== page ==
HORACE Marco Maino was 26 when he left on a windy September afternoon in 1996.
Regina was proud of him but her heart moaned with anxiety and a feeling of emptiness gripped her at the uncertainty of what lay ahead.
Their sons Samson, two, and Martin, one, stood beside her as she carried their three-week old daughter Keziah close to her heart and bade her man goodbye.
Samson held on to his dad’s army helmet a bit longer than usual, not wanting to let go, but Regina held him back. “Never wanting to let go” had to be ignored this afternoon.
They say tears are the raindrops from the storm inside, but Regina did not cry.
That afternoon, husband and father 810160 Corporal Horace Marco Maino boarded a special flight out of Port Moresby with his comrades from Alpha Company, 1st Royal Pacific Island Regiment, bound for the war-torn island of Bougainville.
The conflict was into its eighth year and peace was on the agenda as negotiations continued with leaders of the Bougainville Revolutionary Army (BRA). A ceasefire seemed likely.
At Taurama Army Barracks, Cpl Maino, section commander of 1RPIR A COY, was deployed with his company to man the post at Siara Junction Camp in north-west Bougainville.
On 23 October 1996, as ceasefire talks continued, Maino led his company into a rebel stronghold to meet with a BRA leader as part of the peace negotiations.
He never returned to Siara Junction camp.
His rifleman, 811502 Pte Jimmy Jula, along with 810828 Pte Raymond Waia, who were with him that afternoon, also disappeared.
Months passed, but Cpl Maino, Pte Jula and Pte Waia were never seen again.
Back at Taurama, the pride that once held Regina’s tears intact at the base of her heart burst open and darkness enveloped her world. Pure agony ruled all elements of her emotions.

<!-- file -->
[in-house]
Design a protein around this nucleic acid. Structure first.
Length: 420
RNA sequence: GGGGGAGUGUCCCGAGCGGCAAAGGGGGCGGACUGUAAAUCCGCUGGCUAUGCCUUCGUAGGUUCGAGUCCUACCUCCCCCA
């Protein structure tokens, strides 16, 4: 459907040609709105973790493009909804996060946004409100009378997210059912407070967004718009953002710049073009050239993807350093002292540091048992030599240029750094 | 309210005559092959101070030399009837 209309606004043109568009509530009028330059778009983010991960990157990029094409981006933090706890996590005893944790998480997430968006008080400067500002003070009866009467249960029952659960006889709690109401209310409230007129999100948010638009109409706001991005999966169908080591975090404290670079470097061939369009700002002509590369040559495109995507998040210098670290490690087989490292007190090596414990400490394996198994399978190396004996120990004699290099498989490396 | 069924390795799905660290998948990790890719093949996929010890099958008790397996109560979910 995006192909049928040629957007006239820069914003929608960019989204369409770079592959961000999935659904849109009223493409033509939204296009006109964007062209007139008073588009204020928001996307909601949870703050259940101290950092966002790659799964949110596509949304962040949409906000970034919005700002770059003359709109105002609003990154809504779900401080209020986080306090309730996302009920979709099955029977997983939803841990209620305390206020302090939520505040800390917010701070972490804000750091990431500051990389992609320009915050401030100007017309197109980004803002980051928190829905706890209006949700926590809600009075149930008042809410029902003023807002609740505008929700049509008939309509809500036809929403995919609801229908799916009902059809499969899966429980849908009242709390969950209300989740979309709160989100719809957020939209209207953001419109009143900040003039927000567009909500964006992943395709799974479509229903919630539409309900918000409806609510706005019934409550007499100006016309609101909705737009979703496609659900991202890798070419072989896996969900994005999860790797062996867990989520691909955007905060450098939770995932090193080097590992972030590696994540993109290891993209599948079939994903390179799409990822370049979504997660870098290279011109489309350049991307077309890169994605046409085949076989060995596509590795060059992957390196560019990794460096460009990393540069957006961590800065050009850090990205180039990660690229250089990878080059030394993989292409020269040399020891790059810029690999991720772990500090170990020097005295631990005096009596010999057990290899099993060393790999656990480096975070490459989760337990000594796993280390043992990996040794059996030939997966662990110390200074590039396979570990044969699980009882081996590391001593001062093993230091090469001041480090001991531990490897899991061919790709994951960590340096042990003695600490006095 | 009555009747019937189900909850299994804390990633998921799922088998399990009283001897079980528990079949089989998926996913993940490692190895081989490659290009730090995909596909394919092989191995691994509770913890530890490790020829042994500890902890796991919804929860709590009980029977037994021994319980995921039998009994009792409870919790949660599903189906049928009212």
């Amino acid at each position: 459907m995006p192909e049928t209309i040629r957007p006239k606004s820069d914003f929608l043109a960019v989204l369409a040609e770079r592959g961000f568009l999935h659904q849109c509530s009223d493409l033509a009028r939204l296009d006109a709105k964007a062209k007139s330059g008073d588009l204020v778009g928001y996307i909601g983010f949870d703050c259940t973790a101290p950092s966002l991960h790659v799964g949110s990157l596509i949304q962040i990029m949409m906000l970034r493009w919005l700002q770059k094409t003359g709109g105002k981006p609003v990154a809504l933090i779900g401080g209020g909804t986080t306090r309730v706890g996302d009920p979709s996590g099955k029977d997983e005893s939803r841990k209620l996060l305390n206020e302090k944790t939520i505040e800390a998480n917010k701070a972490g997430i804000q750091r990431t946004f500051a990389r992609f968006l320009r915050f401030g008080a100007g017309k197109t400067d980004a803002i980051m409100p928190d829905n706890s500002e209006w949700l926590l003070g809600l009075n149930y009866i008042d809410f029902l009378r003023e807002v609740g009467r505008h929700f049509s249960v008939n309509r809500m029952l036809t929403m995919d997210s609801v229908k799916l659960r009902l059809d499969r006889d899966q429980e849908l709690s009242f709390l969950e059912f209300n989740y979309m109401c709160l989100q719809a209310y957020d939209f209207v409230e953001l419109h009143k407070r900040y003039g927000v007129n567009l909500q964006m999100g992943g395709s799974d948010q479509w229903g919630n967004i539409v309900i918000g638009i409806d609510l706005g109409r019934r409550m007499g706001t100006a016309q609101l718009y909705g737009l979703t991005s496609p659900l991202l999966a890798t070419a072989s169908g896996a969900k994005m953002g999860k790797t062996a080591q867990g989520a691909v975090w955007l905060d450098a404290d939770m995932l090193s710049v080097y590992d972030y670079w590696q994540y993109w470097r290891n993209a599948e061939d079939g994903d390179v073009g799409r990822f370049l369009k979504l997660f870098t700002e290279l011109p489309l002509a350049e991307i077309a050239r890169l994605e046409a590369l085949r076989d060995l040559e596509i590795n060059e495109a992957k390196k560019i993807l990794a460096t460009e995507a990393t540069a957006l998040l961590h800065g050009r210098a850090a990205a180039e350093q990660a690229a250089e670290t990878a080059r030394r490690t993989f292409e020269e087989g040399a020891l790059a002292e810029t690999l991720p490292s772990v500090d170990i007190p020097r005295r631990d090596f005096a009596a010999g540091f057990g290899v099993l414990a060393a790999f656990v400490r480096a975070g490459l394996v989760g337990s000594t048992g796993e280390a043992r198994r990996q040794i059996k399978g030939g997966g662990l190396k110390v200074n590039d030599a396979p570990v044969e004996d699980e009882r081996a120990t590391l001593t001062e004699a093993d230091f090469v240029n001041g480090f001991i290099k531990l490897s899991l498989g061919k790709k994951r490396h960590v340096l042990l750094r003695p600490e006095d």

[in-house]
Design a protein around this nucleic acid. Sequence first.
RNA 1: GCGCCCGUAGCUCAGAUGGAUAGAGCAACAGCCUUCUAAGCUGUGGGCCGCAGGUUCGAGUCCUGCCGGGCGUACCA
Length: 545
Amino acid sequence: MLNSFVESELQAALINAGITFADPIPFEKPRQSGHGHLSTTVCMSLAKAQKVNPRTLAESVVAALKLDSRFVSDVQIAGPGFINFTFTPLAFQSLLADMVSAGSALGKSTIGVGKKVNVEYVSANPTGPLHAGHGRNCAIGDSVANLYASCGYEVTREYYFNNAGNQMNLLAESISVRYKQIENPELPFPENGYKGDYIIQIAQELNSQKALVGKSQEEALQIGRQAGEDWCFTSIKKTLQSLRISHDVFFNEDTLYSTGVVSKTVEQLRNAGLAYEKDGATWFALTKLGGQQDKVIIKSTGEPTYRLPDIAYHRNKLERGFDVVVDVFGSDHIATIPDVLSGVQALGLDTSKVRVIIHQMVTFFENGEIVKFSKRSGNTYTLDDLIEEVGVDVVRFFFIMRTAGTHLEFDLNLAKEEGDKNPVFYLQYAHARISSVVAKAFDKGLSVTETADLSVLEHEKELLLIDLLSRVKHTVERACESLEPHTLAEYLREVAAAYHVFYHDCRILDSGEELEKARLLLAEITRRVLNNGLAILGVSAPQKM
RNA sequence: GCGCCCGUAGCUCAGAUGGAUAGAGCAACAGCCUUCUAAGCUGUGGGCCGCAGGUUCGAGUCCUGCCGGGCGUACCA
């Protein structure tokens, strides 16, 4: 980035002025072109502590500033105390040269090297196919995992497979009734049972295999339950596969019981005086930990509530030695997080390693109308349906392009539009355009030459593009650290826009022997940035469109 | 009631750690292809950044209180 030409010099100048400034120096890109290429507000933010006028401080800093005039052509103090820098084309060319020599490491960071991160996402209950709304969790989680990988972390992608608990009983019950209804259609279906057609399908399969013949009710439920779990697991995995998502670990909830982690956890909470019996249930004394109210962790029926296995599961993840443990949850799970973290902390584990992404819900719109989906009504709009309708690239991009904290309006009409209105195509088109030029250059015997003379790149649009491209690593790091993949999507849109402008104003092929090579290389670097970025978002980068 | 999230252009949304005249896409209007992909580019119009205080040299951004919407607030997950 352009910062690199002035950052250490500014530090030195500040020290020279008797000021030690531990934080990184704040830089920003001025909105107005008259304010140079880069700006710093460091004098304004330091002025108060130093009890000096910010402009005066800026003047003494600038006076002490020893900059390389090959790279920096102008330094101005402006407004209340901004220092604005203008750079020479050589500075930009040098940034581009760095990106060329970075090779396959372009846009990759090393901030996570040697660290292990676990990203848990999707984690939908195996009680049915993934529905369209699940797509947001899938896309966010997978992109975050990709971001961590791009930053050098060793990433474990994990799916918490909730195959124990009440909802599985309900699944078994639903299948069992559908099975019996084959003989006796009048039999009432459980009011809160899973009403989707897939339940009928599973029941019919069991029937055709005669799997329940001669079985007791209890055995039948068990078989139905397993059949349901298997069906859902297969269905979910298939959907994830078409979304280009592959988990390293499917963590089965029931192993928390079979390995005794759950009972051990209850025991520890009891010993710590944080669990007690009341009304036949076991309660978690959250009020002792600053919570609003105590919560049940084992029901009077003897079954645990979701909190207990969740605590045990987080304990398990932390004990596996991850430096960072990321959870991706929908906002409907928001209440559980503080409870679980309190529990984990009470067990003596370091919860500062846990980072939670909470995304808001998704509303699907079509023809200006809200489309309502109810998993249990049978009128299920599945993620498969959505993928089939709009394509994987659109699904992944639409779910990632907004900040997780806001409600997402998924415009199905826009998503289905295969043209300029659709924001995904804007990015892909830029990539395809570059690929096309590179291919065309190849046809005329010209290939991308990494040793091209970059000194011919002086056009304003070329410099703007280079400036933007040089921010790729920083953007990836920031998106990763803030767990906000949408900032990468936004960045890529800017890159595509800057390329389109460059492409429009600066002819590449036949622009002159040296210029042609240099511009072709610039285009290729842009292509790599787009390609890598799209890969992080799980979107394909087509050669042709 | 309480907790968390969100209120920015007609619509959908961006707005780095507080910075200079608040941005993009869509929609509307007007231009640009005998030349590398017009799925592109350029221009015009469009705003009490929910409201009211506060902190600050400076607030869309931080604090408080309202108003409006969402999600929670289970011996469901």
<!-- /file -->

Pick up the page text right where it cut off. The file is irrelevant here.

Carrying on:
She wanted that disappearance to be a bad dream from which she would soon awake.
Her heart begged, pleading that it was a mistake, that there was message coming soon which would say they have been found.
Regina believed that one day soon there would be an unexpected knock on the door, she would open it and there he would be, standing there, probably bearded and rugged like in the movies.
When I interviewed her for this story, Regina’s eyes glistened with tears and her lips trembled as she struggled to find words to describe the soreness, loneliness and despair that ate into her heart.
The months turned to years and that knock never came. Then finally in 1998, the three soldiers were declared ‘killed in action’.
Regina felt nothing more but pain as she and her three children began their unknown walk into a future without their father.
In mid-2000, Regina found a job with the Nongorr & Associates law firm as a legal secretary. She is still there today.
The three children turned into adults as Regina, who never married again, grew grey flowers in her hair and continued to hope deep inside that this man would one day come home to lie among his own people at Sohe in Oro Province.
Her prayers were answered. In October 2010, the remains of the three men were discovered in the custody of ex-combatants in the Hahon and Kunua areas of Bougainville.
Clearance was granted with the cooperation of the Autonomous Bougainville Government and the ex-combatants. This led to a successful forensic examination of the remains by the Australian Defence Force which confirmed that it was Cpl Marco Maino who lay at Kunua.
In 2013, the PNG national government issued instructions that the remains be recovered and repatriated.
At around 2 pm on Sunday 21 June 2015, the long wait that hovered like dark clouds over Regina and her children melted into the juddering sound of the chartered Air Niugini Fokker 100 as it touched down at Jacksons Airport, Port Moresby, after the two-hour flight from Bougainville.
Regina stood beside Samson, now 22, and studying information technology, Martin, 21, who works with Pride Furniture, and Keziah, 20, who cuddled her three-month-old baby girl just as she had been cuddled as her father left on that September afternoon in 1996.
As the plane slowly approached the PNGDF air transport wing, Regina felt a sudden gust of wind that softly touched her face before rustling through her greyish white hair. It felt like a hand she knew.
She smiled amidst the tears that ran freely down her cheeks as she welcomed her man home after 19 years.